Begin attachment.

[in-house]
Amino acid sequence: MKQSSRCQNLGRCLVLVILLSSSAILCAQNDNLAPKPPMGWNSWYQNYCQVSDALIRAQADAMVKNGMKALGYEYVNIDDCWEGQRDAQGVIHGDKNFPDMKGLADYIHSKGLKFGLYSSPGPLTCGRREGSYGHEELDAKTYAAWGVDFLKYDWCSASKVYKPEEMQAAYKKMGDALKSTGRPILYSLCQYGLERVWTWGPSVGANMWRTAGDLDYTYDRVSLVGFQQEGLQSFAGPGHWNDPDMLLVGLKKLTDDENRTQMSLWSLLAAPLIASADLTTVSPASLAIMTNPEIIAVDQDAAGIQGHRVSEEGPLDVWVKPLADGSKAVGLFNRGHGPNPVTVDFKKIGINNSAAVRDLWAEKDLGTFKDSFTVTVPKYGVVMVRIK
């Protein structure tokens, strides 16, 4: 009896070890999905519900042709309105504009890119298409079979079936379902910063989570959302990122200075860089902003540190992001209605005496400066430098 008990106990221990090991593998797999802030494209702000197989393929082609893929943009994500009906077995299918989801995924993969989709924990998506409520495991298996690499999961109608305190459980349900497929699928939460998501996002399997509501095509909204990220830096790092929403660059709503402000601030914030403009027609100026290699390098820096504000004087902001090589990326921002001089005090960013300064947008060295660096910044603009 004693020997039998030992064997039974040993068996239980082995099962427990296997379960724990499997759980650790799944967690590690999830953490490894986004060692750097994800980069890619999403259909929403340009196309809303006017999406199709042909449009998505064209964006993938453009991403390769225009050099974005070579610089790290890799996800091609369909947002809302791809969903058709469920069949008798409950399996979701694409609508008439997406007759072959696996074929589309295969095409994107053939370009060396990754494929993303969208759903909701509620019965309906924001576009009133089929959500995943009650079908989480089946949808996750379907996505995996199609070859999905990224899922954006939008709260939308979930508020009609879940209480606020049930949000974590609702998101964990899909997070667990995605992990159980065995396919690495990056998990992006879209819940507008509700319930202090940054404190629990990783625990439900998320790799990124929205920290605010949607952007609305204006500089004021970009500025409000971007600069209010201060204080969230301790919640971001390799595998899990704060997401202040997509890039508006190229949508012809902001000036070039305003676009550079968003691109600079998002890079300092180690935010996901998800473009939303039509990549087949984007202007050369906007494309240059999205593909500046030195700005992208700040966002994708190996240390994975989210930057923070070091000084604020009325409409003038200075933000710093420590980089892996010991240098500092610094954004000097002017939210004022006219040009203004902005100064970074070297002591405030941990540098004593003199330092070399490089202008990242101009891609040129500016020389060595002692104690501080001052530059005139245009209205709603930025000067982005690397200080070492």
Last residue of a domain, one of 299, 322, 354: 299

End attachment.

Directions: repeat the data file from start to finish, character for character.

[in-house]
Amino acid sequence: MKQSSRCQNLGRCLVLVILLSSSAILCAQNDNLAPKPPMGWNSWYQNYCQVSDALIRAQADAMVKNGMKALGYEYVNIDDCWEGQRDAQGVIHGDKNFPDMKGLADYIHSKGLKFGLYSSPGPLTCGRREGSYGHEELDAKTYAAWGVDFLKYDWCSASKVYKPEEMQAAYKKMGDALKSTGRPILYSLCQYGLERVWTWGPSVGANMWRTAGDLDYTYDRVSLVGFQQEGLQSFAGPGHWNDPDMLLVGLKKLTDDENRTQMSLWSLLAAPLIASADLTTVSPASLAIMTNPEIIAVDQDAAGIQGHRVSEEGPLDVWVKPLADGSKAVGLFNRGHGPNPVTVDFKKIGINNSAAVRDLWAEKDLGTFKDSFTVTVPKYGVVMVRIK
């Protein structure tokens, strides 16, 4: 009896070890999905519900042709309105504009890119298409079979079936379902910063989570959302990122200075860089902003540190992001209605005496400066430098 008990106990221990090991593998797999802030494209702000197989393929082609893929943009994500009906077995299918989801995924993969989709924990998506409520495991298996690499999961109608305190459980349900497929699928939460998501996002399997509501095509909204990220830096790092929403660059709503402000601030914030403009027609100026290699390098820096504000004087902001090589990326921002001089005090960013300064947008060295660096910044603009 004693020997039998030992064997039974040993068996239980082995099962427990296997379960724990499997759980650790799944967690590690999830953490490894986004060692750097994800980069890619999403259909929403340009196309809303006017999406199709042909449009998505064209964006993938453009991403390769225009050099974005070579610089790290890799996800091609369909947002809302791809969903058709469920069949008798409950399996979701694409609508008439997406007759072959696996074929589309295969095409994107053939370009060396990754494929993303969208759903909701509620019965309906924001576009009133089929959500995943009650079908989480089946949808996750379907996505995996199609070859999905990224899922954006939008709260939308979930508020009609879940209480606020049930949000974590609702998101964990899909997070667990995605992990159980065995396919690495990056998990992006879209819940507008509700319930202090940054404190629990990783625990439900998320790799990124929205920290605010949607952007609305204006500089004021970009500025409000971007600069209010201060204080969230301790919640971001390799595998899990704060997401202040997509890039508006190229949508012809902001000036070039305003676009550079968003691109600079998002890079300092180690935010996901998800473009939303039509990549087949984007202007050369906007494309240059999205593909500046030195700005992208700040966002994708190996240390994975989210930057923070070091000084604020009325409409003038200075933000710093420590980089892996010991240098500092610094954004000097002017939210004022006219040009203004902005100064970074070297002591405030941990540098004593003199330092070399490089202008990242101009891609040129500016020389060595002692104690501080001052530059005139245009209205709603930025000067982005690397200080070492």
Last residue of a domain, one of 299, 322, 354: 299